CSFF Blog Tour – Faery Rebels: Spell Hunter, Day 3

CSFF’ers are having a good time on this tour for Faery Rebels: Spell Hunter by R. J. Anderson. There’s some excellent content to enjoy. You won’t want to miss YA author Sally Apokedak‘s review, Tim Hick‘s thoughtful summation of its value, or Fred Warren‘s humorous take on manly men reading this faery story.

Now it’s my turn to review this wonderful middle grade/YA/adult book. Already I tipped my hand—I think this is one of those stories that qualifies as a crossover. It is not limited to a certain-aged reader or to a specific gender or to a particular worldview. All this book needs, in my opinion, is more recognition.

The Story. The main character is called Bryony after her egg-mother, but when she becomes a teen, she chooses to go by Knife. However, her real name, known only to her and to those to whom she wishes to give it is … well, when you read the book, then she will have chosen to tell you, too. 😉

Bryony lives in a faery colony, one that has a number of oddities about it. For one, the denizens are all female. For another, only the queen has magic. Then too, they are no longer making any thing new or creative. And they stay in their home, a large oak tree situated near a house inhabited by Humans the faeries are deathly afraid of—so much so that the queen only allows Gatherers and her Hunter to venture outside.

Ah, but Byrony wants so much to fly free into the wide world. When she comes of age, the queen assigns her an adult job, and to her surprise she is chosen to be the Hunter. And so her adventures begin as she protects the Gatherers, hunts meat for the colony, and encounters a human. Or, more accurately, re-encounters him.

And there I’ll stop. You have enough to get the flavor of the story and perhaps the drift, though it takes an astute reader to see where this tale is going. Which brings me to the next part of this review.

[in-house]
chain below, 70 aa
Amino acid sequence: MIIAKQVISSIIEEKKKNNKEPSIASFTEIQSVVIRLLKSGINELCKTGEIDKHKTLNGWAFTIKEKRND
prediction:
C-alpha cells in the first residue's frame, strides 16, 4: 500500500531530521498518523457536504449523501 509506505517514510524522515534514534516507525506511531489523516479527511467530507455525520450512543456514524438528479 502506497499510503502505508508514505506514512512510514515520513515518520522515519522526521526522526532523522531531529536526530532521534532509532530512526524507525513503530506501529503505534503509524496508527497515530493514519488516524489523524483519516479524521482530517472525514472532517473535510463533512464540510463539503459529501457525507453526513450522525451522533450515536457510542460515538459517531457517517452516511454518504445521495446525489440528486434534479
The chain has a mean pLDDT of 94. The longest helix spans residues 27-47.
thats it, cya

Strengths. In my opinion, Faery Rebels: Spell Hunter has everything a reader could want. The characters are realistic—yes, even as faeries; if I didn’t know better, I’d be tempted to check the tree outside my window to see who was living there! 😛 I especially loved seeing the human world through the eyes of the faeries. So a boy is a monster and a wheelchair a throne.

The plot was excellent too, and for me, that means, unpredictable. Lots of surprises, but all of it was so well foreshadowed that none of it seemed outlandish or jarring. There was intrigue, twists, mystery, friendship, self-sacrificial love.

The themes of this book were wonderfully woven into the fabric of the story. No authorial commandeering to make sure the reader “gets it.” And of course, not everyone will get it all. I’m sure I didn’t. But that’s OK. The central themes are ones that come from the ultimate choices and actions of the characters and will have an impact, one way or the other.

The Christian worldview influences I saw include the Gardner, though he is invoked more as a curse word than anything. The faery colony has all the earmarks of a world that has experienced a Fall. Great loses, to the point that the faeries no longer remember what life was like Before or how things got to be The Way They Are Now. They certainly don’t know how to fix things, though the queen tries. And as is true about self-effort, she makes a hash of things.

There’s also a picture of the Incarnation, though I don’t want to say too much about that so as not to spoil the story. I already mentioned the self-sacrifice, and the cool thing is, these two—incarnation and self-sacrifice—are shown by two different characters, two different types of Christ. In other words, the story is not attempting to be allegorical, but there is typology for those who wish to see it.

Weaknesses. In my opinion, the only weakness is the limitations put upon the book by calling it Middle Grade fantasy. The implication is that the story is for children only. Not so. Faery Rebels: Spell Hunter needs to find a wider market because it is that good.

Recommendation. I suppose you can already tell I’m enthusiastic about this one. I’m going to go out on a limb. Even as Narnia is a series written for children but enjoyed by young and old alike, so too is Faery Rebels: Spell Hunter. I recommend this book for anyone who loves a good story.

2 Comments

  1. Well said! It’s a super book.

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  2. Thanks, Krysti. I’m glad to know you like the book too! From what I’ve read, it seems this is one of CSFF’s most popular features. That’s saying a lot for a middle grade fantasy! 😀

    Becky

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